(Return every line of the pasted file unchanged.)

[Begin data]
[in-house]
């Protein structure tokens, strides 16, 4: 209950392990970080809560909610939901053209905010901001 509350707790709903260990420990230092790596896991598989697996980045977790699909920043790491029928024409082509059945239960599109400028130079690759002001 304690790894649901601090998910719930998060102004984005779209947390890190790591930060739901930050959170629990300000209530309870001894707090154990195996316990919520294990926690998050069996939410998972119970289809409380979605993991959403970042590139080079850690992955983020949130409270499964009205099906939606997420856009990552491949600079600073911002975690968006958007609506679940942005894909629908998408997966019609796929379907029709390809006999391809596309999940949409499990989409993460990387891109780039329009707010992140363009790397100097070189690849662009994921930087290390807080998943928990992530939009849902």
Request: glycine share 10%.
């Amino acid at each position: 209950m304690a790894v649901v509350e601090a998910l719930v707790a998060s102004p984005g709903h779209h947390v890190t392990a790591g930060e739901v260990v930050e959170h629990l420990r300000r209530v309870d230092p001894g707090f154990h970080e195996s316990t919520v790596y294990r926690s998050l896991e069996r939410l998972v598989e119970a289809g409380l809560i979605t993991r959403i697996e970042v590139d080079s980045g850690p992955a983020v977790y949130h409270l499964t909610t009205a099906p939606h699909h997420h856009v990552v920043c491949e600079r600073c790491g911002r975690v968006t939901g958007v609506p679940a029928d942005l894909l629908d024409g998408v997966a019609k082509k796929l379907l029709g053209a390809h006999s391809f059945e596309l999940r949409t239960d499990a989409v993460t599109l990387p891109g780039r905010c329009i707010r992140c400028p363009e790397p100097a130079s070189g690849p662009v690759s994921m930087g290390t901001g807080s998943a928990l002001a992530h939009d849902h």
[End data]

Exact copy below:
[in-house]
């Protein structure tokens, strides 16, 4: 209950392990970080809560909610939901053209905010901001 509350707790709903260990420990230092790596896991598989697996980045977790699909920043790491029928024409082509059945239960599109400028130079690759002001 304690790894649901601090998910719930998060102004984005779209947390890190790591930060739901930050959170629990300000209530309870001894707090154990195996316990919520294990926690998050069996939410998972119970289809409380979605993991959403970042590139080079850690992955983020949130409270499964009205099906939606997420856009990552491949600079600073911002975690968006958007609506679940942005894909629908998408997966019609796929379907029709390809006999391809596309999940949409499990989409993460990387891109780039329009707010992140363009790397100097070189690849662009994921930087290390807080998943928990992530939009849902």
Request: glycine share 10%.
């Amino acid at each position: 209950m304690a790894v649901v509350e601090a998910l719930v707790a998060s102004p984005g709903h779209h947390v890190t392990a790591g930060e739901v260990v930050e959170h629990l420990r300000r209530v309870d230092p001894g707090f154990h970080e195996s316990t919520v790596y294990r926690s998050l896991e069996r939410l998972v598989e119970a289809g409380l809560i979605t993991r959403i697996e970042v590139d080079s980045g850690p992955a983020v977790y949130h409270l499964t909610t009205a099906p939606h699909h997420h856009v990552v920043c491949e600079r600073c790491g911002r975690v968006t939901g958007v609506p679940a029928d942005l894909l629908d024409g998408v997966a019609k082509k796929l379907l029709g053209a390809h006999s391809f059945e596309l999940r949409t239960d499990a989409v993460t599109l990387p891109g780039r905010c329009i707010r992140c400028p363009e790397p100097a130079s070189g690849p662009v690759s994921m930087g290390t901001g807080s998943a928990l002001a992530h939009d849902h």